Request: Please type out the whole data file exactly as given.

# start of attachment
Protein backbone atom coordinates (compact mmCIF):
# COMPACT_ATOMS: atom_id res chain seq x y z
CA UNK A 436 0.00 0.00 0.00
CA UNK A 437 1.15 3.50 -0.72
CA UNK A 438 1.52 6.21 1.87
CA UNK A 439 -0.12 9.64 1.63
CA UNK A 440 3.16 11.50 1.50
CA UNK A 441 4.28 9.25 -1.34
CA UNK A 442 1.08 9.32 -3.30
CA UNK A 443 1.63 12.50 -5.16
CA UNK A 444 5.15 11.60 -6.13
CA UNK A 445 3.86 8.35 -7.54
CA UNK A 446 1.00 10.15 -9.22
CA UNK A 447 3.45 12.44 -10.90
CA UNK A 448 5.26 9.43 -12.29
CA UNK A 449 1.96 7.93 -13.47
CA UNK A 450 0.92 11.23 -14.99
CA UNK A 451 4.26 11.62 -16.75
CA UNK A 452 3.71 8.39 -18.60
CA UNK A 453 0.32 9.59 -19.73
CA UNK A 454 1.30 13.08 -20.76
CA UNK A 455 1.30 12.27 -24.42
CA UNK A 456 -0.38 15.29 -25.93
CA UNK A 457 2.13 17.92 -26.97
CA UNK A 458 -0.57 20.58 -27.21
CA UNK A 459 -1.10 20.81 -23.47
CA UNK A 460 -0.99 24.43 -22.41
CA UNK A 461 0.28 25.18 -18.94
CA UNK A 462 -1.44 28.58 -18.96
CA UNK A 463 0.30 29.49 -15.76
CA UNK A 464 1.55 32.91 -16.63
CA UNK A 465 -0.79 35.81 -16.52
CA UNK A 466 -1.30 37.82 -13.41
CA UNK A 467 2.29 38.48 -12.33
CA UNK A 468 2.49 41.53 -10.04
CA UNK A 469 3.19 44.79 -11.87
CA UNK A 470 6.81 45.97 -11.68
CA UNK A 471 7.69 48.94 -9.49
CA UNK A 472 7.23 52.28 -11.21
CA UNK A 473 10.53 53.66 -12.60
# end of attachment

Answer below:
Protein backbone atom coordinates (compact mmCIF):
# COMPACT_ATOMS: atom_id res chain seq x y z
CA UNK A 436 0.00 0.00 0.00
CA UNK A 437 1.15 3.50 -0.72
CA UNK A 438 1.52 6.21 1.87
CA UNK A 439 -0.12 9.64 1.63
CA UNK A 440 3.16 11.50 1.50
CA UNK A 441 4.28 9.25 -1.34
CA UNK A 442 1.08 9.32 -3.30
CA UNK A 443 1.63 12.50 -5.16
CA UNK A 444 5.15 11.60 -6.13
CA UNK A 445 3.86 8.35 -7.54
CA UNK A 446 1.00 10.15 -9.22
CA UNK A 447 3.45 12.44 -10.90
CA UNK A 448 5.26 9.43 -12.29
CA UNK A 449 1.96 7.93 -13.47
CA UNK A 450 0.92 11.23 -14.99
CA UNK A 451 4.26 11.62 -16.75
CA UNK A 452 3.71 8.39 -18.60
CA UNK A 453 0.32 9.59 -19.73
CA UNK A 454 1.30 13.08 -20.76
CA UNK A 455 1.30 12.27 -24.42
CA UNK A 456 -0.38 15.29 -25.93
CA UNK A 457 2.13 17.92 -26.97
CA UNK A 458 -0.57 20.58 -27.21
CA UNK A 459 -1.10 20.81 -23.47
CA UNK A 460 -0.99 24.43 -22.41
CA UNK A 461 0.28 25.18 -18.94
CA UNK A 462 -1.44 28.58 -18.96
CA UNK A 463 0.30 29.49 -15.76
CA UNK A 464 1.55 32.91 -16.63
CA UNK A 465 -0.79 35.81 -16.52
CA UNK A 466 -1.30 37.82 -13.41
CA UNK A 467 2.29 38.48 -12.33
CA UNK A 468 2.49 41.53 -10.04
CA UNK A 469 3.19 44.79 -11.87
CA UNK A 470 6.81 45.97 -11.68
CA UNK A 471 7.69 48.94 -9.49
CA UNK A 472 7.23 52.28 -11.21
CA UNK A 473 10.53 53.66 -12.60